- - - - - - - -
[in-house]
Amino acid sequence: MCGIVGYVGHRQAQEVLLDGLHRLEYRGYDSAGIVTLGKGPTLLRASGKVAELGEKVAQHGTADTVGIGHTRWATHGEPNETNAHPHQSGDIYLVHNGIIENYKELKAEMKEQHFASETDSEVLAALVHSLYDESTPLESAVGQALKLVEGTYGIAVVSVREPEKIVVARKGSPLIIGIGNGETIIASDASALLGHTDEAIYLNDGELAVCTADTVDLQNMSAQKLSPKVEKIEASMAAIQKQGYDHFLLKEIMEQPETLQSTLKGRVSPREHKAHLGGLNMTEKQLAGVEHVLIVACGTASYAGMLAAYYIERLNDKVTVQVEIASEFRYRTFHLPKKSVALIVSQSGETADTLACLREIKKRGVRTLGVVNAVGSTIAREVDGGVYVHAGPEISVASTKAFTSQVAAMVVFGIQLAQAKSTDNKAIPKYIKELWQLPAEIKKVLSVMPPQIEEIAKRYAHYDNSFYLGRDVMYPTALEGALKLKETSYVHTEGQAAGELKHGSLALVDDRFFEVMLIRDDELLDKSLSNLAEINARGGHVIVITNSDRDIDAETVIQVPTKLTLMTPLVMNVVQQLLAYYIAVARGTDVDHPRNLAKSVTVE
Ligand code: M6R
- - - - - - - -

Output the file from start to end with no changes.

[in-house]
Amino acid sequence: MCGIVGYVGHRQAQEVLLDGLHRLEYRGYDSAGIVTLGKGPTLLRASGKVAELGEKVAQHGTADTVGIGHTRWATHGEPNETNAHPHQSGDIYLVHNGIIENYKELKAEMKEQHFASETDSEVLAALVHSLYDESTPLESAVGQALKLVEGTYGIAVVSVREPEKIVVARKGSPLIIGIGNGETIIASDASALLGHTDEAIYLNDGELAVCTADTVDLQNMSAQKLSPKVEKIEASMAAIQKQGYDHFLLKEIMEQPETLQSTLKGRVSPREHKAHLGGLNMTEKQLAGVEHVLIVACGTASYAGMLAAYYIERLNDKVTVQVEIASEFRYRTFHLPKKSVALIVSQSGETADTLACLREIKKRGVRTLGVVNAVGSTIAREVDGGVYVHAGPEISVASTKAFTSQVAAMVVFGIQLAQAKSTDNKAIPKYIKELWQLPAEIKKVLSVMPPQIEEIAKRYAHYDNSFYLGRDVMYPTALEGALKLKETSYVHTEGQAAGELKHGSLALVDDRFFEVMLIRDDELLDKSLSNLAEINARGGHVIVITNSDRDIDAETVIQVPTKLTLMTPLVMNVVQQLLAYYIAVARGTDVDHPRNLAKSVTVE
Ligand code: M6R